DEI Policy—Are Companies Just Trying To Check A Box?

DEI Policy—Are Companies Just Trying To Check A Box?

DEI policies are aimed to welcome diverse populations to a discrimination- and harassment-free workplace. But are companies being performative, simply treating DEI policies as a checkbox and not so much as a real responsibility?

About half (49%) of job seekers feel discriminated against during the hiring process and 55% continue to experience discrimination after being in the job. Employers are equally challenged by DEI practices. Over half of employers look toward hiring efforts to meet DEI goals but 43% say they cannot find diverse applicants.

DEI is the evolution of affirmative action, anti-discriminatory laws against race, creed, color, or national origin. Diversity, equity, and inclusion policies are aimed at welcoming and empowering diverse populations in the workforce. Diversity is broadly defined to include different genders, races, ethnicities, abilities and disabilities, religions, cultures, ages, and sexual orientation. It also includes people from diverse backgrounds, experiences, skills, and expertise. DEI policies are company-wide initiatives to create a well-rounded workforce where employees have a sense of belonging.

One of the challenges, according to 36% of employers, is managing the concept that diversity means different things to different people.

Employees are equally dismayed by DEI practices. Some feel that diversity was no more than a buzz word during the hiring process. And others feel that they’re advantageously promoted on company assets to satisfy appearances.

Regardless, there is still a lot of work to be done when it comes to building a diverse, equitable, and inclusionary workplace. But some of the challenges may be from an incomplete understanding of the three core components of DEI: diversity, equity, and inclusion.

  • Diversity describes the range of differences between people. It includes but is not limited to gender, sexual orientation, disability, age, race, religion, and culture. Diversity is about inviting all people to the party.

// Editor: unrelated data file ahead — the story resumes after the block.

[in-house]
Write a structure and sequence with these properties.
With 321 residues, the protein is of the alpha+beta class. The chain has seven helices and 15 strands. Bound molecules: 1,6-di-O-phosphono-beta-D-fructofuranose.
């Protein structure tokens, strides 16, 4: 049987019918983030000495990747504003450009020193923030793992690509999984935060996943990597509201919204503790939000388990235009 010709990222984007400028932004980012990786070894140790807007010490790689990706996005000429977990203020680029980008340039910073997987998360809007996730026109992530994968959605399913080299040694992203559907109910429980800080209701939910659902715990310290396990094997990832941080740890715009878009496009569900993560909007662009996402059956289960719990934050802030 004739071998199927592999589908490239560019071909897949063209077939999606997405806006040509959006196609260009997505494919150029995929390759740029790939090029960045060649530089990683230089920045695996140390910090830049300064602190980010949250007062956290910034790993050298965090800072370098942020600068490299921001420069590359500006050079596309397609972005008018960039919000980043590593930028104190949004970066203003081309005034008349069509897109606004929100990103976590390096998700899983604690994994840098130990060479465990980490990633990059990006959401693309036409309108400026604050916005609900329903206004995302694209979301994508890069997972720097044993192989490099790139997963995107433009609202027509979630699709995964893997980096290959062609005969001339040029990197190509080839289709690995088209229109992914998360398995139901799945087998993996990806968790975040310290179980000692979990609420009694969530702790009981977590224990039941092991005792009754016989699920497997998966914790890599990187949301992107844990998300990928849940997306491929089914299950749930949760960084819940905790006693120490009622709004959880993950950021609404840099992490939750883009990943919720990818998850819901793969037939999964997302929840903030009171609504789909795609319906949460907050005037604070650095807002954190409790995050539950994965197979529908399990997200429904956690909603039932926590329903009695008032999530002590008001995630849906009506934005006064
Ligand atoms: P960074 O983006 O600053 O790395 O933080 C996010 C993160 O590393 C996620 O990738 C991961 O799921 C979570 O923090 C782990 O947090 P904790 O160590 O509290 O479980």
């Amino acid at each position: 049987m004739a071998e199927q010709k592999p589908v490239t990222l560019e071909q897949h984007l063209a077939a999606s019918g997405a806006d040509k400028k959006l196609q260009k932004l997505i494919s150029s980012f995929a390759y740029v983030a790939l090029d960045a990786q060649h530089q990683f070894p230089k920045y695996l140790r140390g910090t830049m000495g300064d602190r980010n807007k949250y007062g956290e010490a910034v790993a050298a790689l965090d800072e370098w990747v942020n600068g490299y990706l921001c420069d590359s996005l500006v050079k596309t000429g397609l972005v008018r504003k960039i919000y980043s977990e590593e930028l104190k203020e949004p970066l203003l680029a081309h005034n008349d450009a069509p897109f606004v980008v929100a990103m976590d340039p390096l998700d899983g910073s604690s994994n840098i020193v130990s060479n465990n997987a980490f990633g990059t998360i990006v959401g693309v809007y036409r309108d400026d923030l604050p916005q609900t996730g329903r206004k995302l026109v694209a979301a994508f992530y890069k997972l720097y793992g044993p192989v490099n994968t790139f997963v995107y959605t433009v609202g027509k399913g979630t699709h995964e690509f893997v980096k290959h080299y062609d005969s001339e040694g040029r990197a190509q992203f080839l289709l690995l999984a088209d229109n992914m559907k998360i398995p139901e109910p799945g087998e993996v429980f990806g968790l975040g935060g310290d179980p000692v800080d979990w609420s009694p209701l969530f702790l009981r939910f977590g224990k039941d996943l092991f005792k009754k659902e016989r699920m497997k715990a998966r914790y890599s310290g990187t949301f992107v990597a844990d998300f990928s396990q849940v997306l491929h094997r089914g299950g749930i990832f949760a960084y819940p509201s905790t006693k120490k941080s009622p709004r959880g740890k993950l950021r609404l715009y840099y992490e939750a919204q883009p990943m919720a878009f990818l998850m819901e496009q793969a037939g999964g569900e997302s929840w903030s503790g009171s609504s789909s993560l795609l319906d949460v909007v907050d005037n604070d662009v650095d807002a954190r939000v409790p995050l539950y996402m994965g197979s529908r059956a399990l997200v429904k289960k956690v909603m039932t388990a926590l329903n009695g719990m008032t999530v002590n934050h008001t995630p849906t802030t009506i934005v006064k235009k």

• Equity is a concept of equal opportunity for all the invites. Each person deserves the same opportunities to grow and develop in the workplace. Equity is acknowledging that there are certain advantages and barriers faced by different groups that create imbalances and adjusting practices to meet people where they are or where they come from.
  • Inclusion ensures all employees feel welcomed, valued, and engaged (heard). Inclusion means feeling like part of the team with the same rights, responsibilities, and voice. It is a sense of belonging and ability to be authentic.

While diversity is relatively easy to understand, the other two components — equity and inclusion — have broad interpretations. To responsibly effect a DEI policy in the workplace, everyone needs to share in the responsibilities. It is more than writing a policy and managing it through HR. Employees, managers, leaders, and employers collectively create a workplace of inclusion.

DEI practices make a significant impact on the company. They create a positive work environment, boost productivity, and help companies recruit and retain top talent. More importantly, a successful DEI policy creates a rich and creative company culture that is innovative.

Here are four steps to create an effective DEI policy:

  1. Data collection. Conduct interviews and surveys to discover how your workplace views DEI and to determine the status of your current company culture. Get a perspective from every voice, including those in groups that are the most impacted.
  2. Communication. Maintain open communication among employees and managers during the implementation and refinement stage. A lot of this has to do with emotional safety– really making it safe for workers to share their experiences, and perspectives. Understand that different aspects of the policy will be interpreted differently by different groups.
  3. Accountability. This is where a lot of companies are checking boxes and missing the mark… It’s a must to establish metrics to determine whether the program is working. Metrics should include both qualitative and quantitative measures. This should not be about hiring a predetermined number of “diverse” workers. Find ways to measure “belonging” and “empowered.”
  4. Transparency. Transparency doesn’t end once the process has been established. Companies that maintain transparency report greater satisfaction among workers. Institute company-wide transparency to show the progress and company’s commitment to the DEI policy.

Creating a diversity, equity, and inclusion policy doesn’t happen overnight. Nor does it get checked off the “done” list. DEI is an ongoing process that requires commitment on part of everyone involved.